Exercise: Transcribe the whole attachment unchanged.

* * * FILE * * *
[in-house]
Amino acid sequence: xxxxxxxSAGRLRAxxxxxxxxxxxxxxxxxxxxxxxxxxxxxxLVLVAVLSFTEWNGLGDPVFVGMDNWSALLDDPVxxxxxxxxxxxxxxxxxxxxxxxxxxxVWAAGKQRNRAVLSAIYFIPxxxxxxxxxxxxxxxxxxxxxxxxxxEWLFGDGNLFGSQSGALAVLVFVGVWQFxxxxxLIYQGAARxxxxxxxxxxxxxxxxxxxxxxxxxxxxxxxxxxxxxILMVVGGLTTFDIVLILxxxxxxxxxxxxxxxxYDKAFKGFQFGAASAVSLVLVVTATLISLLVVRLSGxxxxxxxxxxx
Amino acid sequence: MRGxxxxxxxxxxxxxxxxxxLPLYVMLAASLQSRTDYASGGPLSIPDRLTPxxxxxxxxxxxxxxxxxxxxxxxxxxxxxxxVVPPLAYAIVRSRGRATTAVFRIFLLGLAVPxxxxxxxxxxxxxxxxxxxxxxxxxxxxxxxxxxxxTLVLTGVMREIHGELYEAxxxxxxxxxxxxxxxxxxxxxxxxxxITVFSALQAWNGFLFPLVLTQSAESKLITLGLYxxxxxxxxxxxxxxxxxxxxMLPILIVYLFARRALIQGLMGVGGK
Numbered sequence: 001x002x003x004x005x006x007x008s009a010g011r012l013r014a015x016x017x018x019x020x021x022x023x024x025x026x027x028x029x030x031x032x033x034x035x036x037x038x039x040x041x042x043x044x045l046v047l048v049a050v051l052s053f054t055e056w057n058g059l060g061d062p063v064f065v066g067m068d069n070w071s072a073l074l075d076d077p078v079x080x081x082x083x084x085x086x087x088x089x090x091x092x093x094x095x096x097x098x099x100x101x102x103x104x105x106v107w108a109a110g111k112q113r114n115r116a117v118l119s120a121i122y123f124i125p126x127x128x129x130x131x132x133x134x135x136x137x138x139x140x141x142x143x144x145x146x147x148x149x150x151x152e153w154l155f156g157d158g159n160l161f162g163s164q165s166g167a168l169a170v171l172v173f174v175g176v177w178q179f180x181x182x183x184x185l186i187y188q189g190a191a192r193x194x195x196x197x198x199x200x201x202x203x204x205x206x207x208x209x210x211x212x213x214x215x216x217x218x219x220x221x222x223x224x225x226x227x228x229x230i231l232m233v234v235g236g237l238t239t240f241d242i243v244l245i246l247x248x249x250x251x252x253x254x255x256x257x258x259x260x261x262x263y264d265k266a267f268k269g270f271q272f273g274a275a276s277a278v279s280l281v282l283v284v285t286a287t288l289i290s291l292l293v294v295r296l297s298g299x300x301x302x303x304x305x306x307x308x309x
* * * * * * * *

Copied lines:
[in-house]
Amino acid sequence: xxxxxxxSAGRLRAxxxxxxxxxxxxxxxxxxxxxxxxxxxxxxLVLVAVLSFTEWNGLGDPVFVGMDNWSALLDDPVxxxxxxxxxxxxxxxxxxxxxxxxxxxVWAAGKQRNRAVLSAIYFIPxxxxxxxxxxxxxxxxxxxxxxxxxxEWLFGDGNLFGSQSGALAVLVFVGVWQFxxxxxLIYQGAARxxxxxxxxxxxxxxxxxxxxxxxxxxxxxxxxxxxxxILMVVGGLTTFDIVLILxxxxxxxxxxxxxxxxYDKAFKGFQFGAASAVSLVLVVTATLISLLVVRLSGxxxxxxxxxxx
Amino acid sequence: MRGxxxxxxxxxxxxxxxxxxLPLYVMLAASLQSRTDYASGGPLSIPDRLTPxxxxxxxxxxxxxxxxxxxxxxxxxxxxxxxVVPPLAYAIVRSRGRATTAVFRIFLLGLAVPxxxxxxxxxxxxxxxxxxxxxxxxxxxxxxxxxxxxTLVLTGVMREIHGELYEAxxxxxxxxxxxxxxxxxxxxxxxxxxITVFSALQAWNGFLFPLVLTQSAESKLITLGLYxxxxxxxxxxxxxxxxxxxxMLPILIVYLFARRALIQGLMGVGGK
Numbered sequence: 001x002x003x004x005x006x007x008s009a010g011r012l013r014a015x016x017x018x019x020x021x022x023x024x025x026x027x028x029x030x031x032x033x034x035x036x037x038x039x040x041x042x043x044x045l046v047l048v049a050v051l052s053f054t055e056w057n058g059l060g061d062p063v064f065v066g067m068d069n070w071s072a073l074l075d076d077p078v079x080x081x082x083x084x085x086x087x088x089x090x091x092x093x094x095x096x097x098x099x100x101x102x103x104x105x106v107w108a109a110g111k112q113r114n115r116a117v118l119s120a121i122y123f124i125p126x127x128x129x130x131x132x133x134x135x136x137x138x139x140x141x142x143x144x145x146x147x148x149x150x151x152e153w154l155f156g157d158g159n160l161f162g163s164q165s166g167a168l169a170v171l172v173f174v175g176v177w178q179f180x181x182x183x184x185l186i187y188q189g190a191a192r193x194x195x196x197x198x199x200x201x202x203x204x205x206x207x208x209x210x211x212x213x214x215x216x217x218x219x220x221x222x223x224x225x226x227x228x229x230i231l232m233v234v235g236g237l238t239t240f241d242i243v244l245i246l247x248x249x250x251x252x253x254x255x256x257x258x259x260x261x262x263y264d265k266a267f268k269g270f271q272f273g274a275a276s277a278v279s280l281v282l283v284v285t286a287t288l289i290s291l292l293v294v295r296l297s298g299x300x301x302x303x304x305x306x307x308x309x